Every winter in excess of 25,000 Pacific gray whales make a journey of approximately thousand miles round-trip to the Baja California lagoons right from Alaska. This helps to make San Diego which can boast upwards of 80 miles of coastline the ideal place for watching whales.

Depending on several factors, the ideal time for whale watching in San Diego will be from the month of December right up to April. It would be better to wait until the summer and spring seasons for watching blue whales, however. At this time, hundreds of Blue whales are known to migrate into the waters of southern California for feeding on large quantities of krill. At that time, one can also watch Dolphins, Humpback whales, Finback whales, Minke whales, as well as other whales.

You will come across lots of whale watching kayak tours that will take you for a close-up glimpse out on the water; however, in case you like to remain dry and take everything easy, there are some fantastic ways to do whale watching in and around La Jolla, and other areas in San Diego as well.

These gray whales have the tendency of passing by the side of the western overlooks of the Cabrillo National Monument. If you can, bring binoculars along with you since they will help you see better. If you don’t have binoculars, you will come across a restricted number of binoculars at the time of the whale season right at the Visitor Center. You simply need to request them at the info desk.

Experience La Jolla

Fortunately, you will be able to watch the whales at just about any time during the daytime – they swim throughout the day.

Where to watch

Look in the direction of the ocean as well as San Diego Bay. The whales will be migrating south in the direction of mainland Mexico, so they’ll be moving to the south from the north while you watch from the park. They can be expected to move at a constant clip of around 5 miles every hour, and though several whales will be swimming close to the shoreline, the majority are going to swim in a region expanding to the horizon from the kelp beds.

Afterward, during spring, the gray whales are going to move north once again, although it will be difficult to see them from the park since they will be quite far out in the waters.

Torrey Pines State Reserve

The State Reserve which is situated on the cliffs on top of the Torrey Pines State Reserve consists of 1,800 miles of hiking trails, exotic wildlife, and Torry Pine trees. The fantastic coastal wilderness coupled with simple and family-friendly routes as well as hiking trails males a perfect dolphin or whale-watching spot for the tourists in La Jolla.

You will definitely get some action in the Beach Trail or the Razor Point Trail. A major portion of the Beach Trail hugs the beach while Razor Point is a lengthier loop that will provide you with more time on the trail. A major part of the path likewise overlooks the astounding and jagged cliffs for which the area is actually renowned.

Go for a Kayak tour

The kayak tour is quite popular given that lots of individuals have reported positive experiences when kayaking during whale watching season. It will offer you a fantastic opportunity to get personal with the whales, and safely speaking, it is the best way to come across the migration.

You will come across a number of companies at the La Jolla Shores offering some mind-boggling whale watching kayak tours on a regular basis. You will also be able to explore the 7 sea caves all along the coastline which will, of course, depend on the tour.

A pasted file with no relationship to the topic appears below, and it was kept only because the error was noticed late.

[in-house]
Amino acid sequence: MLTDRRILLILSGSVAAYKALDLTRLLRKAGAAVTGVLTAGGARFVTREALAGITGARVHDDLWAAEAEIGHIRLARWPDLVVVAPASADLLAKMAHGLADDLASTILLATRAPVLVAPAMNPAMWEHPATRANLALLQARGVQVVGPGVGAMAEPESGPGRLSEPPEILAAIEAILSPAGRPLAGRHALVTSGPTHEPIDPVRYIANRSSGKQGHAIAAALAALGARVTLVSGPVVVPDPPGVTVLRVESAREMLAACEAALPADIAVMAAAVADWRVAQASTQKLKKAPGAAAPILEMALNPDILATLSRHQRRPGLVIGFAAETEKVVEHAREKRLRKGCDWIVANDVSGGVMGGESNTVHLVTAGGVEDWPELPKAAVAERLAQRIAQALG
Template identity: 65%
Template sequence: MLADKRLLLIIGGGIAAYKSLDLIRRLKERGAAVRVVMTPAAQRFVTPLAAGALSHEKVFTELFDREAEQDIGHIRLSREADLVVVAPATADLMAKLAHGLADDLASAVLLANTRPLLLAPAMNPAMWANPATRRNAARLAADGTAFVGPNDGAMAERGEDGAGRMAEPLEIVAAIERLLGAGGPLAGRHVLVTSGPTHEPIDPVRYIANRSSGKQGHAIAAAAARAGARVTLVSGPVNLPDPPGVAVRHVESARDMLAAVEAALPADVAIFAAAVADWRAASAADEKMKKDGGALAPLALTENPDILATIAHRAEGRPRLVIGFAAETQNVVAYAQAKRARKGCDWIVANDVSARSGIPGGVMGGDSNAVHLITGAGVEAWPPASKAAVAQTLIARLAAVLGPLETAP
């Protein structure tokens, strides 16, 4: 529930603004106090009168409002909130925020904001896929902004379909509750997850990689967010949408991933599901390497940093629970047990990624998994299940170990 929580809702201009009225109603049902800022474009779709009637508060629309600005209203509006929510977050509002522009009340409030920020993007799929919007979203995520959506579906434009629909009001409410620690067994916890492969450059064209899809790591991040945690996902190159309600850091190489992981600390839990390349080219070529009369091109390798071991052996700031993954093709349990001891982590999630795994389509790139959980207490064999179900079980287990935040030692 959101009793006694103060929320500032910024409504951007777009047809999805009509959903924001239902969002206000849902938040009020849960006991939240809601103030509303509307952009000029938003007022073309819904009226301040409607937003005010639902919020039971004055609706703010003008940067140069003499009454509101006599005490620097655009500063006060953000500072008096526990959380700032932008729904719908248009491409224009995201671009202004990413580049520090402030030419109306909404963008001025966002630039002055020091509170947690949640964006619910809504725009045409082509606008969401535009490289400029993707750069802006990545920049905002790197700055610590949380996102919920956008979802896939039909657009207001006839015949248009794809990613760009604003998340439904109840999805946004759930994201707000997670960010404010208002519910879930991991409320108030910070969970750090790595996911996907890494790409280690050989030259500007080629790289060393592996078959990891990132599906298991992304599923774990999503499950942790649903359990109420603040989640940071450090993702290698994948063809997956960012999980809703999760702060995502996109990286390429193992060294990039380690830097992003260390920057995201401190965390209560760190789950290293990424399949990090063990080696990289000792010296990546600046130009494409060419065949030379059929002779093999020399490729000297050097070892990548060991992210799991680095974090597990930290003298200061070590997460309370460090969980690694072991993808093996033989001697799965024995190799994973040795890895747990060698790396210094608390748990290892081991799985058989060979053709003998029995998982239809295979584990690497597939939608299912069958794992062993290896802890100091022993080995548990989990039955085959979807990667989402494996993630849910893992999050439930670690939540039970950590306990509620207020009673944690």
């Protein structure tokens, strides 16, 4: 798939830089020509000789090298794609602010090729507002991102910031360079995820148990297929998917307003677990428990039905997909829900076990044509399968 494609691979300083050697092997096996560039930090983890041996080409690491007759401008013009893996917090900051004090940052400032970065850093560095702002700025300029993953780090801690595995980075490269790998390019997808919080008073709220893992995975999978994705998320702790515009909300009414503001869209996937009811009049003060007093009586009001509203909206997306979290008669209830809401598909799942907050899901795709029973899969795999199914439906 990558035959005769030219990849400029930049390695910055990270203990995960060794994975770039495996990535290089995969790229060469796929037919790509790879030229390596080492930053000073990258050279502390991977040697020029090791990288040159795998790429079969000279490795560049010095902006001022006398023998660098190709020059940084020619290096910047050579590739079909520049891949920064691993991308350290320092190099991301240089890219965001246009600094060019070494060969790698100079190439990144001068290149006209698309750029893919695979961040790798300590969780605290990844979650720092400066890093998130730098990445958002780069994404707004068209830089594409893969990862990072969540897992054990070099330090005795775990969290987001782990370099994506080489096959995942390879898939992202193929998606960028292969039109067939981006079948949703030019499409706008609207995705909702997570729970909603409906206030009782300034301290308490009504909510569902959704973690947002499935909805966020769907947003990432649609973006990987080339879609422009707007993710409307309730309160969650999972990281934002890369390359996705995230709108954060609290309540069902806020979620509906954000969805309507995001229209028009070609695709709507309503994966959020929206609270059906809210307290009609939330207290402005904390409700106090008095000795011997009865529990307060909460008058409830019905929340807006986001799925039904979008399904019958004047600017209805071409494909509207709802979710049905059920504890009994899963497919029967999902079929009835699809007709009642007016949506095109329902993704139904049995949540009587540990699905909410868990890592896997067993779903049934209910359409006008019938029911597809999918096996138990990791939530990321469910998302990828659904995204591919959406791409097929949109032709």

As per the Birch Aquarium at Scripps, the gray whales usually move alone or maybe in pods of 2 or 3 although you can see more moving together at the time of the peak migration season. Therefore, watch out for the large pods. Here, we like to inform that the length of the adult whales can be up to 45 feet and their weight can be as much as 33 tons.

What to watch out for

The spout or blow

A spout or blow is created when the warm and moist air expelled from the lungs of the whale comes in contact with the cool air on the ocean surface. The blow of a gray whale will be able to spray up to a height of 15 feet and you can see each blow for around 5 seconds.

The flukes

Prior to making a deep dive, the gray whale usually displays its tail which is 12-feet wide and has the shape of a fan. The tail’s weight on top of the body of the mammal aids it in diving deep. It will be interesting to note that the fluke of the gray whale does not have any bones and connects to the tail muscles with the help of tendons.

Footprint and knuckled back

One will be able to see the back portion of a gray whale during and following the blow provided the lighting is perfect. It is usually black or gray as well as shiny. Moreover, it has got a knuckled ridge all along the spine. A footprint is the elongated and smooth oval of tranquil water where the whale has been after it has submerged into the water.

Splash and breach

On most occasions, the gray whales hurl themselves from the water and again dive back with a remarkable splash. We call this breaching. Although scientists have failed to understand the reason for the whales to do this, it is nevertheless great to watch. At times, this behavior will be copied by other whales in the area, and therefore, it will be sensible to watch out.

If you are able to spot a whale

Bear in mind that the whales are moving south, and therefore, once you are able to spot any of them, it can be expected to surface once again to the south. After you have watched any particular whale for some time, it will be feasible for you to predict its unique rhythms of dives and breaths plus where it is going to show up next.